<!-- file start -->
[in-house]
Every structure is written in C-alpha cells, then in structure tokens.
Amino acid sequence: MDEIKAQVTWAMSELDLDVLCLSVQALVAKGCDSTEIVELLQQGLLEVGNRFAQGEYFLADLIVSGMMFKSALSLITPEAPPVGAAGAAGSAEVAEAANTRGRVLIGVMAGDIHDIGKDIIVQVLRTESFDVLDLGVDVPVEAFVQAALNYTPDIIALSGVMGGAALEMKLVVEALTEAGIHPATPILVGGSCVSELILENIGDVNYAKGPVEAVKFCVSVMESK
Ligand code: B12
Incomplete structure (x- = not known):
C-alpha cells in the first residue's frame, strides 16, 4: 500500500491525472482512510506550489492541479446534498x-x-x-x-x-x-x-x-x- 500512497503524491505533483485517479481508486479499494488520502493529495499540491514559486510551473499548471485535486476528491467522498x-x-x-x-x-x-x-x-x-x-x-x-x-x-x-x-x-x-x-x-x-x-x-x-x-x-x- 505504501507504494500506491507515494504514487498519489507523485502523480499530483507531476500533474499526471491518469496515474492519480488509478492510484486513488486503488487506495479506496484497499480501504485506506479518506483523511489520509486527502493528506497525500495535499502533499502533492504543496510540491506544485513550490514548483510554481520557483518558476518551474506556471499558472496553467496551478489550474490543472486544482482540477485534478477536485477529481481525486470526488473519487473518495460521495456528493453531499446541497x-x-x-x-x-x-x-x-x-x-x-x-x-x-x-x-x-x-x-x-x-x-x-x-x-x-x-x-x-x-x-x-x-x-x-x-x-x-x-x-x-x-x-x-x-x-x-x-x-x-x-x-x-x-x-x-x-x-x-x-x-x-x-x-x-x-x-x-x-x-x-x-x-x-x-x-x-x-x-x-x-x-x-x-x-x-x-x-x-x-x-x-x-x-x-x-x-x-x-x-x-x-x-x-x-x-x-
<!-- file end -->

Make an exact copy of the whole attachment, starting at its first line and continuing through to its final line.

[in-house]
Every structure is written in C-alpha cells, then in structure tokens.
Amino acid sequence: MDEIKAQVTWAMSELDLDVLCLSVQALVAKGCDSTEIVELLQQGLLEVGNRFAQGEYFLADLIVSGMMFKSALSLITPEAPPVGAAGAAGSAEVAEAANTRGRVLIGVMAGDIHDIGKDIIVQVLRTESFDVLDLGVDVPVEAFVQAALNYTPDIIALSGVMGGAALEMKLVVEALTEAGIHPATPILVGGSCVSELILENIGDVNYAKGPVEAVKFCVSVMESK
Ligand code: B12
Incomplete structure (x- = not known):
C-alpha cells in the first residue's frame, strides 16, 4: 500500500491525472482512510506550489492541479446534498x-x-x-x-x-x-x-x-x- 500512497503524491505533483485517479481508486479499494488520502493529495499540491514559486510551473499548471485535486476528491467522498x-x-x-x-x-x-x-x-x-x-x-x-x-x-x-x-x-x-x-x-x-x-x-x-x-x-x- 505504501507504494500506491507515494504514487498519489507523485502523480499530483507531476500533474499526471491518469496515474492519480488509478492510484486513488486503488487506495479506496484497499480501504485506506479518506483523511489520509486527502493528506497525500495535499502533499502533492504543496510540491506544485513550490514548483510554481520557483518558476518551474506556471499558472496553467496551478489550474490543472486544482482540477485534478477536485477529481481525486470526488473519487473518495460521495456528493453531499446541497x-x-x-x-x-x-x-x-x-x-x-x-x-x-x-x-x-x-x-x-x-x-x-x-x-x-x-x-x-x-x-x-x-x-x-x-x-x-x-x-x-x-x-x-x-x-x-x-x-x-x-x-x-x-x-x-x-x-x-x-x-x-x-x-x-x-x-x-x-x-x-x-x-x-x-x-x-x-x-x-x-x-x-x-x-x-x-x-x-x-x-x-x-x-x-x-x-x-x-x-x-x-x-x-x-x-x-